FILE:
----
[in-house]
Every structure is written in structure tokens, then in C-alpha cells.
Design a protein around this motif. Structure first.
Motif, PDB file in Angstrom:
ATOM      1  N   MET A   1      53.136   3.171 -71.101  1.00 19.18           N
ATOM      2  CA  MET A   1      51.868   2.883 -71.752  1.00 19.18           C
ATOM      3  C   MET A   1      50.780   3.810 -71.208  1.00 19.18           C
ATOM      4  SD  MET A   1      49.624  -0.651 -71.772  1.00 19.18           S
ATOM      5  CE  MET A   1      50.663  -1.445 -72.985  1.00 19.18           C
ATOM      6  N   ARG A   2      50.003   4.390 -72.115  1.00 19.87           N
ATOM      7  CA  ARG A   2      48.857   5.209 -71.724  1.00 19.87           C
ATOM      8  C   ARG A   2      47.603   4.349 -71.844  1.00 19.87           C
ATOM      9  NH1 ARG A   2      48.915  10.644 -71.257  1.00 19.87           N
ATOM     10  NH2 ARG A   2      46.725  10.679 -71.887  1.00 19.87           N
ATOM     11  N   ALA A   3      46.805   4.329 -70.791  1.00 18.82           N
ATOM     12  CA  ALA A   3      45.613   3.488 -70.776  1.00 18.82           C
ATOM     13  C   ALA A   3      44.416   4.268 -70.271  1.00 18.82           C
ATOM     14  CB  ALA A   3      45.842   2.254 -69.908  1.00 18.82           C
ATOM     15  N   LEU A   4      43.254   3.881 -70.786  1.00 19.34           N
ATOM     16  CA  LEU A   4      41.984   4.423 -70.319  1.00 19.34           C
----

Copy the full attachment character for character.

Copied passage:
[in-house]
Every structure is written in structure tokens, then in C-alpha cells.
Design a protein around this motif. Structure first.
Motif, PDB file in Angstrom:
ATOM      1  N   MET A   1      53.136   3.171 -71.101  1.00 19.18           N
ATOM      2  CA  MET A   1      51.868   2.883 -71.752  1.00 19.18           C
ATOM      3  C   MET A   1      50.780   3.810 -71.208  1.00 19.18           C
ATOM      4  SD  MET A   1      49.624  -0.651 -71.772  1.00 19.18           S
ATOM      5  CE  MET A   1      50.663  -1.445 -72.985  1.00 19.18           C
ATOM      6  N   ARG A   2      50.003   4.390 -72.115  1.00 19.87           N
ATOM      7  CA  ARG A   2      48.857   5.209 -71.724  1.00 19.87           C
ATOM      8  C   ARG A   2      47.603   4.349 -71.844  1.00 19.87           C
ATOM      9  NH1 ARG A   2      48.915  10.644 -71.257  1.00 19.87           N
ATOM     10  NH2 ARG A   2      46.725  10.679 -71.887  1.00 19.87           N
ATOM     11  N   ALA A   3      46.805   4.329 -70.791  1.00 18.82           N
ATOM     12  CA  ALA A   3      45.613   3.488 -70.776  1.00 18.82           C
ATOM     13  C   ALA A   3      44.416   4.268 -70.271  1.00 18.82           C
ATOM     14  CB  ALA A   3      45.842   2.254 -69.908  1.00 18.82           C
ATOM     15  N   LEU A   4      43.254   3.881 -70.786  1.00 19.34           N
ATOM     16  CA  LEU A   4      41.984   4.423 -70.319  1.00 19.34           C